A survey of car buyers has found a surprisingly high level of support for electric cars–but also found limited knowledge, which may be holding some buyers back.

The survey was weighted toward drivers in the Northeast, and was sponsored by five Northeastern states. The survey did not directly ask how many respondents planned to buy an electric car, but 50 percent said that purchase incentives aren't high enough.

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Seven Northeastern states, all of which follow California's mandate for zero-emissions vehicles, have banded together to try to get more buyers to demand electric cars in their states, and thus get automakers to offer more electric cars for sale there.

Five of those Northeastern states sponsored this survey, including Connecticut, Massachusetts, New York, Rhode Island, and Vermont. The survey was taken nationwide, but those five states were intentionally oversampled to weigh the opinions of their residents more heavily.

While several plug-in cars are available nationwide and many are officially offered in any state that follows California's electric car mandates, in reality few models are actually sold outside of California and Oregon.

Electric car benefits from Drive Change consumer survey

Electric car benefits from Drive Change consumer survey

In the online survey of 1,002 consumers likely to buy a car in the next year, the survey found that only 43 percent of buyers considered themselves knowledgeable about electric cars, but 73 percent said they were interested in learning more. Some 71 percent would like to see more types of electric cars on the market, such as SUVs and pickups.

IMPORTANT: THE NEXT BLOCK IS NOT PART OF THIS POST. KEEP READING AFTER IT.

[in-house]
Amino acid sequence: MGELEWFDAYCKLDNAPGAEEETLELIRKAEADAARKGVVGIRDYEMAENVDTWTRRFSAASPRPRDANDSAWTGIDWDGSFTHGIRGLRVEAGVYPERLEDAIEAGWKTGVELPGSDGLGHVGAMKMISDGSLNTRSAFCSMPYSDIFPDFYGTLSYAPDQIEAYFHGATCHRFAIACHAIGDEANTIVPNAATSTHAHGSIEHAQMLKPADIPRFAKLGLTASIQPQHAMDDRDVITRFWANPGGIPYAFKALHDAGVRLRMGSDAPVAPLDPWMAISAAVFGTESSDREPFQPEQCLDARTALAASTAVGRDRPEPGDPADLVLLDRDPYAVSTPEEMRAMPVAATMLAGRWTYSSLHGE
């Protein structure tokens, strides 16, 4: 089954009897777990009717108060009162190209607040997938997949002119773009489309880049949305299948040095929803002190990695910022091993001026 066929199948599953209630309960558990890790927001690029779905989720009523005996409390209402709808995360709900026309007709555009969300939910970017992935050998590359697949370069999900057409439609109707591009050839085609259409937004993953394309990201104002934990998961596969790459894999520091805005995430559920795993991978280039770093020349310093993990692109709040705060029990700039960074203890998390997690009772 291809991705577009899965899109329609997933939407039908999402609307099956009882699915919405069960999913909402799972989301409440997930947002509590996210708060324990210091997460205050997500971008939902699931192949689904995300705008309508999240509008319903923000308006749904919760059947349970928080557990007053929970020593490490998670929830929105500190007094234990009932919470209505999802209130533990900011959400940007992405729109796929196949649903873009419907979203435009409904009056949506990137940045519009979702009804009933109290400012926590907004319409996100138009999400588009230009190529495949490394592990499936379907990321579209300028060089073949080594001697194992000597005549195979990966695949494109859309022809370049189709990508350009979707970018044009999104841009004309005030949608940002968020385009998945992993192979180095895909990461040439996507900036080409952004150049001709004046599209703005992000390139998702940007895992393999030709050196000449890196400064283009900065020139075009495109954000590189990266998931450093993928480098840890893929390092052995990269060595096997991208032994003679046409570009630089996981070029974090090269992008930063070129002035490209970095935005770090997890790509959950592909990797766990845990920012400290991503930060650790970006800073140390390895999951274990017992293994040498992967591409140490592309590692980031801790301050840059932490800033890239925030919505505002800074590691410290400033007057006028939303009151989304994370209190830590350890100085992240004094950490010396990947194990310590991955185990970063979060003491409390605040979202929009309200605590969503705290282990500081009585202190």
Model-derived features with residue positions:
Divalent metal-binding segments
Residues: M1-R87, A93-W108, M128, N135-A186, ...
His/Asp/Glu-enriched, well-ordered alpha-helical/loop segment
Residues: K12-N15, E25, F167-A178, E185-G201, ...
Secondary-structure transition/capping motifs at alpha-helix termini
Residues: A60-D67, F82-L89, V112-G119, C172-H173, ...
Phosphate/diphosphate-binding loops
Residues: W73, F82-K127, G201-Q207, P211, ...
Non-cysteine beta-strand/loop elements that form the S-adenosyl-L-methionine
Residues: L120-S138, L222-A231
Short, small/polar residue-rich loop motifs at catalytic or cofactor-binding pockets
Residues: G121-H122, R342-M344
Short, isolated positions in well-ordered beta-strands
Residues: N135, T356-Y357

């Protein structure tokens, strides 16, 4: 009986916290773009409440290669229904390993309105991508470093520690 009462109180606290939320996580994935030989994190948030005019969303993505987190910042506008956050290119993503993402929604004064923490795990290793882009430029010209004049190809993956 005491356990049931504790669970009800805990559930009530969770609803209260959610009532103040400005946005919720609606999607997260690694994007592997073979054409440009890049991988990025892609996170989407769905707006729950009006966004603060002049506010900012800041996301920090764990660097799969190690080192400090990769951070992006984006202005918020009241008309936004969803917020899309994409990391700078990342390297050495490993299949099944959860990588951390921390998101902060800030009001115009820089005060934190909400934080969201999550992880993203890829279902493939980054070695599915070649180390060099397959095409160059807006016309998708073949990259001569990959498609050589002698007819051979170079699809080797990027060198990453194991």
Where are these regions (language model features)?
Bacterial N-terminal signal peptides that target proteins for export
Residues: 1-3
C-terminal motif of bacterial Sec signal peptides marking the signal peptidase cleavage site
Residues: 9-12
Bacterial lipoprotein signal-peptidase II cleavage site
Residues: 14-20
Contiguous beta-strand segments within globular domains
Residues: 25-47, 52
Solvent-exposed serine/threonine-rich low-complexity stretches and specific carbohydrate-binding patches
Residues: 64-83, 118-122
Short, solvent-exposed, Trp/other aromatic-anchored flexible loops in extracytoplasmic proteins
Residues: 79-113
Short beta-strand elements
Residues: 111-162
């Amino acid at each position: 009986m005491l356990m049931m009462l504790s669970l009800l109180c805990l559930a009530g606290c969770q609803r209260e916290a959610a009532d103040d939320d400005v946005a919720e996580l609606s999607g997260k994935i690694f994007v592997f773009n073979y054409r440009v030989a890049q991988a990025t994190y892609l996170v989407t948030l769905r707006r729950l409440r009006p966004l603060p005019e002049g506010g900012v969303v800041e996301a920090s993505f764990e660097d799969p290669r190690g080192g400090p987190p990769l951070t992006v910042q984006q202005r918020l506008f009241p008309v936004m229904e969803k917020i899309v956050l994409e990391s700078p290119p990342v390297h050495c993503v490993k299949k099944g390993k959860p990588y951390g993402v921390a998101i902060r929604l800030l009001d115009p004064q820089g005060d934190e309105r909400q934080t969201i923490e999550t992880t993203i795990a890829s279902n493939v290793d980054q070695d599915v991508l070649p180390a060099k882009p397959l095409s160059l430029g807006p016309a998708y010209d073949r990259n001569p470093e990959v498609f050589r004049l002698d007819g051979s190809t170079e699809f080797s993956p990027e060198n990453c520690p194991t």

More than four-fifths of respondents (82 percent) believe electric cars are a practical evolution of technology, while only 10 percent deemed electric vehicles an unnecessary luxury in the same question. The other 8 percent weren't sure.

The runaway reason for wanting electric cars, cited by 96 percent of respondents, was to save money, either specifically on fuel (57 percent), or overall (39 percent.) Helping the environment came in second, also at 39 percent. Tax incentives came in third at 28 percent.

When it came to reasons to avoid buying an electric car, lack of charging stations was the number one reason, cited by 38 percent of respondents. Charging time and range were close behind at 36 percent and 34 percent, respectively. The Northeast has fewer public charging stations than California, where the bulk of electric cars are sold. 

High up-front costs would dissuade 31 percent of buyers from choosing an electric car, and another 24 percent of those intending to buy a new car in the next year said it would be difficult to install a charger where they live.

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More than half of respondents (56 percent) said they were aware of tax incentives, and large minorities were aware of other incentives such as charging, free parking, and carpool-lane access.

When it comes to saving money, 63 percent of respondents even believe electric cars will achieve that for them, yet more than half thought the incentives aren't enough to get them to buy an electric car.

The poll was conducted in conjunction with the Northeast States for Coordinated Air Use Management as part of its Drive Change, Drive Electric program, along with  the Alliance of Automobile Manufacturers and the Association of Global Automakers. The margin of error is plus or minus 3 percent.